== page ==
Knee joint lesions can be solitary or occur concomitantly with other lower limb abnormalities. Ring-shaped lateral meniscus (RSM) and hypoplasic anterior cruciate ligament (ACL) are two rare malformations. The therapeutic management of such abnormalities is not consensual, and highly depends on clinical symptomatology. We report a case of a 25-year-old girl with progressive knee pain whose MRI demonstrated a continuous segment of lateral meniscus situated along the medial aspect of the lateral compartment, continuous with the otherwise normal-appearing lateral meniscus, compatible with an RSM. This anatomic variant can be mistaken by a displaced meniscal fragment, like a bucket-handle tear, a central tear of a discoid meniscus, or incomplete discoid meniscus, as previously reported. Her MRI examination also showed a thinned ACL with anomalous lateral course. This abnormality may be mistaken for an ACL rupture and/or a meniscofemoral ligament with agenesis of ACL. Multiple images in different planes as well as following the course of meniscal and ligaments are critical clues to avoid misdiagnosis. As a result, the diagnosis of an RSM along with hypoplasic ACL with abnormal attachment was assumed based on MRI and confirmed during arthroscopy. The patient was treated conservatively with clinical outcome improvement.

  20. Patellar tendon or hamstring graft anterior cruciate ligament reconstructions in patients aged above 50 years

    PubMed Central

    Bali, Tarun; Nagraj, Raghu; Kumar, Malhar N; Chandy, Thomas

    2015-01-01

    Background: The treatment of anterior cruciate ligament (ACL) injury consists of arthroscopic ACL reconstruction with patellar tendon or hamstring graft. Satisfactory results have been reported so far in the younger age group. Dilemma arises regarding the suitability of ACL reconstruction in patients aged 50 years and above. This retrospective analyses the outcome of ACL reconstruction in patients aged 50 years and above. Materials and Methods: 55 patients aged 50 years and above presented to our institution with symptomatic ACL tear and were managed with arthroscopic reconstruction with patellar tendon/hamstring graft. 22 patients underwent ACL reconstruction with bone- patellar tendon-bone graft and the remaining 33 with a hamstring graft. Evaluation of functional outcome was performed using International Knee Documentation Committee (IKDC) and Lysholm scoring in the preoperative period, at the end of 1 year and at the final followup. Radiographic evaluation was performed using the Kellgren–Lawrence grading system. Results: The mean preoperative IKDC score was 39.7 ± 3.3. At the end of 1-year following the operation, the mean IKDC score was 73.6 ± 4.9 and at the final followup was 67.8 ± 7.7. The mean preoperative Lysholm score was 40.4 ± 10.3. At the end of 1-year following the intervention, the mean Lysholm score was 89.7 ± 2.1 and at final followup was 85.3 ± 2.5. Overall, 14 out of 42 patients who underwent radiographic assessment showed progression of osteoarthritis changes at the final followup after the intervention. Conclusion: In our study, there was a statistically significant improvement in the IKDC and Lysholm scores following the intervention. There was a slight deterioration in the scores at the final followup but the overall rate of satisfaction was still high and most of the patients were able to do their routine chores and light exercises suitable for their age group. Around one-third of patients show progression of radiographic changes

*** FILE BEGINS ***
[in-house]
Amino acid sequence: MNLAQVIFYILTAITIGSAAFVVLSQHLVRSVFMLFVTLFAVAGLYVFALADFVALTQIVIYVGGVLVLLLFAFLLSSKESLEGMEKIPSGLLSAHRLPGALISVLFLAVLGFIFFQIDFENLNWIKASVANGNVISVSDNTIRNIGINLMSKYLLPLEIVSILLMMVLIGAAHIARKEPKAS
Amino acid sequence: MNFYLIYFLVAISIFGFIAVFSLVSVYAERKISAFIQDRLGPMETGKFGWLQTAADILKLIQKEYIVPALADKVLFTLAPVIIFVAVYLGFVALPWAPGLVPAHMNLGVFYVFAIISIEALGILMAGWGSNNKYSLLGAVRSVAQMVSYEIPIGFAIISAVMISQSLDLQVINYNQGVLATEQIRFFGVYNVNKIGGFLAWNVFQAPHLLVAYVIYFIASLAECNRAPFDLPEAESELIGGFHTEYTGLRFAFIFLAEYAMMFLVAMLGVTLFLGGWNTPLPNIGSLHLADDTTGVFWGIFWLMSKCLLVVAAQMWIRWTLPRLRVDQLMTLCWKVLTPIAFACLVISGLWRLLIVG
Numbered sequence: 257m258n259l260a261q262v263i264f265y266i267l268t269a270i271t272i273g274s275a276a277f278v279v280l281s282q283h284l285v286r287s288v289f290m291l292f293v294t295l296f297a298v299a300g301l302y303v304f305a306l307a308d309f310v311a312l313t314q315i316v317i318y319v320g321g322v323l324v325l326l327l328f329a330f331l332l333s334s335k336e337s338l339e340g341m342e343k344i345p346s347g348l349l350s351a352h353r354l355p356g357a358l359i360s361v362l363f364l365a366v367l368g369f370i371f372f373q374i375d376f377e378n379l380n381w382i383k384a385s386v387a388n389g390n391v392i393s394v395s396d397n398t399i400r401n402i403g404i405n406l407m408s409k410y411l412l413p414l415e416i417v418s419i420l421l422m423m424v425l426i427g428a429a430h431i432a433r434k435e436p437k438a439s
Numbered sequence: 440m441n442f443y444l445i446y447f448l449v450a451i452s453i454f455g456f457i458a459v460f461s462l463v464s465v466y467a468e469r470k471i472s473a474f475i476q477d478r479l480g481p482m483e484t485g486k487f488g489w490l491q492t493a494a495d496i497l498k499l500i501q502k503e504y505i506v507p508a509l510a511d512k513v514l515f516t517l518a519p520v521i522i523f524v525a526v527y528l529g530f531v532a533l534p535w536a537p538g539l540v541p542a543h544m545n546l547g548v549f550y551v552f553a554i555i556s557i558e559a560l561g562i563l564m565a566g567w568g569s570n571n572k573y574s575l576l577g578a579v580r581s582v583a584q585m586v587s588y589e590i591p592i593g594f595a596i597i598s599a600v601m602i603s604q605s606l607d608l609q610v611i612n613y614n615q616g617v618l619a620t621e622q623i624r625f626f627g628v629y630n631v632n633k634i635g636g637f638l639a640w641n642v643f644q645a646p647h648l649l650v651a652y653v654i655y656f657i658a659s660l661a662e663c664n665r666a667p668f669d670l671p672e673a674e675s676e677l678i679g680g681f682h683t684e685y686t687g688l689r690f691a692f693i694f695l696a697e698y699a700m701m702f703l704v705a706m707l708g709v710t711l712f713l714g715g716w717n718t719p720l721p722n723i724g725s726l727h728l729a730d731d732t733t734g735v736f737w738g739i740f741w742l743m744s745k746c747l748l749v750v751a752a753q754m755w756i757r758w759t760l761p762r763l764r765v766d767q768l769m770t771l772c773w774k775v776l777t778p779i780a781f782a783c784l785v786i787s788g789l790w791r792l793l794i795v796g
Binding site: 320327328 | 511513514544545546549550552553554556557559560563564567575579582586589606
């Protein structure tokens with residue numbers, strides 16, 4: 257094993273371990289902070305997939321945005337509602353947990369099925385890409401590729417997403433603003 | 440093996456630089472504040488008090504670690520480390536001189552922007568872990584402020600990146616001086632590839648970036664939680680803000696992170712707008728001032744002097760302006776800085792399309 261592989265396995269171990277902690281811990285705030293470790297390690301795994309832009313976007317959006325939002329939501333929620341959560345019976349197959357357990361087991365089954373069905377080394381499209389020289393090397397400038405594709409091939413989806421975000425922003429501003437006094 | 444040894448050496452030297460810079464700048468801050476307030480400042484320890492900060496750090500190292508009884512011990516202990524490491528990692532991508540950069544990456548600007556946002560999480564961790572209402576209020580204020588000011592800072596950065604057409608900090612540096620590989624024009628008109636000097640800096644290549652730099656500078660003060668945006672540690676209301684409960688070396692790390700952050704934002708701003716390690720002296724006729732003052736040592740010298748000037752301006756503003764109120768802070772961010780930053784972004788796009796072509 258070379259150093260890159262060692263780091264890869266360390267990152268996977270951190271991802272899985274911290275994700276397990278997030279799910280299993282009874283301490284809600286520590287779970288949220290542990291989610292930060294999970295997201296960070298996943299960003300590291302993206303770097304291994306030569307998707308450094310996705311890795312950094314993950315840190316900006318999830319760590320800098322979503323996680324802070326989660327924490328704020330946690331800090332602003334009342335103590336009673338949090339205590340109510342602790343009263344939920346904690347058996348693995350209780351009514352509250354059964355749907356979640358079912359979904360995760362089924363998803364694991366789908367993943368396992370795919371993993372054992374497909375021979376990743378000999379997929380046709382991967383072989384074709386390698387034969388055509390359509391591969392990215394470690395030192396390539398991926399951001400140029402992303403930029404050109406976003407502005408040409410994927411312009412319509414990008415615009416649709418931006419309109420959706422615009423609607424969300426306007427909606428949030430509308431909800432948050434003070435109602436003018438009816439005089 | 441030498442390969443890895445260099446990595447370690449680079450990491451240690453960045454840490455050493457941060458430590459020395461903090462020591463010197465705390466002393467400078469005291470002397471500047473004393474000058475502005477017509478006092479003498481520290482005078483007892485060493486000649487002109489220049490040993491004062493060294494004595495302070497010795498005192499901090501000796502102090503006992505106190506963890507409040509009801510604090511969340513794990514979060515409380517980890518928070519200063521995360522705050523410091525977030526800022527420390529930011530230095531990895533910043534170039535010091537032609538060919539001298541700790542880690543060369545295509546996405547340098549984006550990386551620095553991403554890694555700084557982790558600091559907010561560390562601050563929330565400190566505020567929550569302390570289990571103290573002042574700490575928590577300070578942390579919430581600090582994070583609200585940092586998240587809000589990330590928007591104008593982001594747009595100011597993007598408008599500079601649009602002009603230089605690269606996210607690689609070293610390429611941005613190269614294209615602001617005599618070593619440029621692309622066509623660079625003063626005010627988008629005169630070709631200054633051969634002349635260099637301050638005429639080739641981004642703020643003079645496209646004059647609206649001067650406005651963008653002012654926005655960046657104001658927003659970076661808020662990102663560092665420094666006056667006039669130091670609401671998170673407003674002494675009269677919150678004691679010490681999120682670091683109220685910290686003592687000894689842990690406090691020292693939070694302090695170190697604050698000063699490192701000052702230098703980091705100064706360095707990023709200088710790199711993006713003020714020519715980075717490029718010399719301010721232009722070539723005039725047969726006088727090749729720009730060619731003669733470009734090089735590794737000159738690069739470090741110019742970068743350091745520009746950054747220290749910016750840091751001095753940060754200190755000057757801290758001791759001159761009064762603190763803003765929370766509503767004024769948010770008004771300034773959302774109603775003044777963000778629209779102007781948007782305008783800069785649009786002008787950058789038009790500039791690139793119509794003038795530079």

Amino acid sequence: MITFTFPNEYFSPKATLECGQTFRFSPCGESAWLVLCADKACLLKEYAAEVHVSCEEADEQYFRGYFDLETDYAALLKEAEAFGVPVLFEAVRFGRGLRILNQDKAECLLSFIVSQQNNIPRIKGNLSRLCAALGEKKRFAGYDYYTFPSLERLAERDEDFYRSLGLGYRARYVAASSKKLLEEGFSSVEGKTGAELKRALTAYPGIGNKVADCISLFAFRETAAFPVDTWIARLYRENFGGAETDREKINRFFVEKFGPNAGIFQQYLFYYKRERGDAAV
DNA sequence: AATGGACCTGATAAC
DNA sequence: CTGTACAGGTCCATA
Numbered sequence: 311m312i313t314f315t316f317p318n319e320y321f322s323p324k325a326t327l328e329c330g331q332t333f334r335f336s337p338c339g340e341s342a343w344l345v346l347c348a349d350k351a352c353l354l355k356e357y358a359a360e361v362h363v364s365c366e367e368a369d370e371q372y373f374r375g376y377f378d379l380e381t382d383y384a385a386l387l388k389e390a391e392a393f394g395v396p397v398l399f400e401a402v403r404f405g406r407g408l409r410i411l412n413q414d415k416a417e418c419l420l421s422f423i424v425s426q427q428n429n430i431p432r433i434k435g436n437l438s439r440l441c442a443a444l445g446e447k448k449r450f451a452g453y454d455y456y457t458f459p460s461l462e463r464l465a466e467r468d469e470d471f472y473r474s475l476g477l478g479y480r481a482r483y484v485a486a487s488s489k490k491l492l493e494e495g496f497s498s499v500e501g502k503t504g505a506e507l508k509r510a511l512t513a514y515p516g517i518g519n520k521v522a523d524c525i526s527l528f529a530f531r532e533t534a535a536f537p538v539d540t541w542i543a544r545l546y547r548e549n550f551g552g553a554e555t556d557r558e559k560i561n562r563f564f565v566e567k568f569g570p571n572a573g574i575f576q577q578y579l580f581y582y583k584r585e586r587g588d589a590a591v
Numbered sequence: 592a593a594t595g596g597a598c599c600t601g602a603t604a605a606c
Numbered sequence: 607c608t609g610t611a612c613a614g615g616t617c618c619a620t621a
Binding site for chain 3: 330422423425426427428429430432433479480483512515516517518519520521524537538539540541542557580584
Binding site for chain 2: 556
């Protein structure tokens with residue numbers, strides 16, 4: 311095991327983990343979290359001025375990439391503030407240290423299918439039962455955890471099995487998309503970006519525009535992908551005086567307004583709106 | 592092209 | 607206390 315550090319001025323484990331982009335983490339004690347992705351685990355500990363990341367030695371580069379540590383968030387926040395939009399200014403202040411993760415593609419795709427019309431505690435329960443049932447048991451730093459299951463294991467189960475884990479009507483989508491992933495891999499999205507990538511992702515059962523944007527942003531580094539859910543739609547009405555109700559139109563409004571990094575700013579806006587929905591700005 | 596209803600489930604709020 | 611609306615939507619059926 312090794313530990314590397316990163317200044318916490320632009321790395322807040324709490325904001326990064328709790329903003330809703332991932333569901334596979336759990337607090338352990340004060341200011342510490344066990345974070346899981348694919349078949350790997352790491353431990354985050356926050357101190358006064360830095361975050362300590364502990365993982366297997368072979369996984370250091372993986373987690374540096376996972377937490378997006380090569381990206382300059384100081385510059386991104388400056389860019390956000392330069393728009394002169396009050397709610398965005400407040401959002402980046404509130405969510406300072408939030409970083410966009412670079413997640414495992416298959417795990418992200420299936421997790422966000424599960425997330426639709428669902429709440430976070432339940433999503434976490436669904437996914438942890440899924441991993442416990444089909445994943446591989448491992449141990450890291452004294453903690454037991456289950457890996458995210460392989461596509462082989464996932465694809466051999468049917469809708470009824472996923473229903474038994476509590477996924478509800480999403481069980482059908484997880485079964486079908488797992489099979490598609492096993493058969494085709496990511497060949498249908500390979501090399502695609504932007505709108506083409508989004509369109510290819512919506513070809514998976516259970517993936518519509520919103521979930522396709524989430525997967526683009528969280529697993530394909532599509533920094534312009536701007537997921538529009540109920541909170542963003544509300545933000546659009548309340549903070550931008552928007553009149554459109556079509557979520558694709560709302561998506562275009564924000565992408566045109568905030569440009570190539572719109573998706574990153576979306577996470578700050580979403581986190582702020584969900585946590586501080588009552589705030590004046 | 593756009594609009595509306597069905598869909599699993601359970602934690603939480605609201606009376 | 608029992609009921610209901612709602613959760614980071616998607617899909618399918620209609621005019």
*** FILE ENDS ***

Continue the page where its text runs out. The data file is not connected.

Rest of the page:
1. Rates of Deep Venous Thrombosis and Pulmonary Embolus After Anterior Cruciate Ligament Reconstruction

    PubMed Central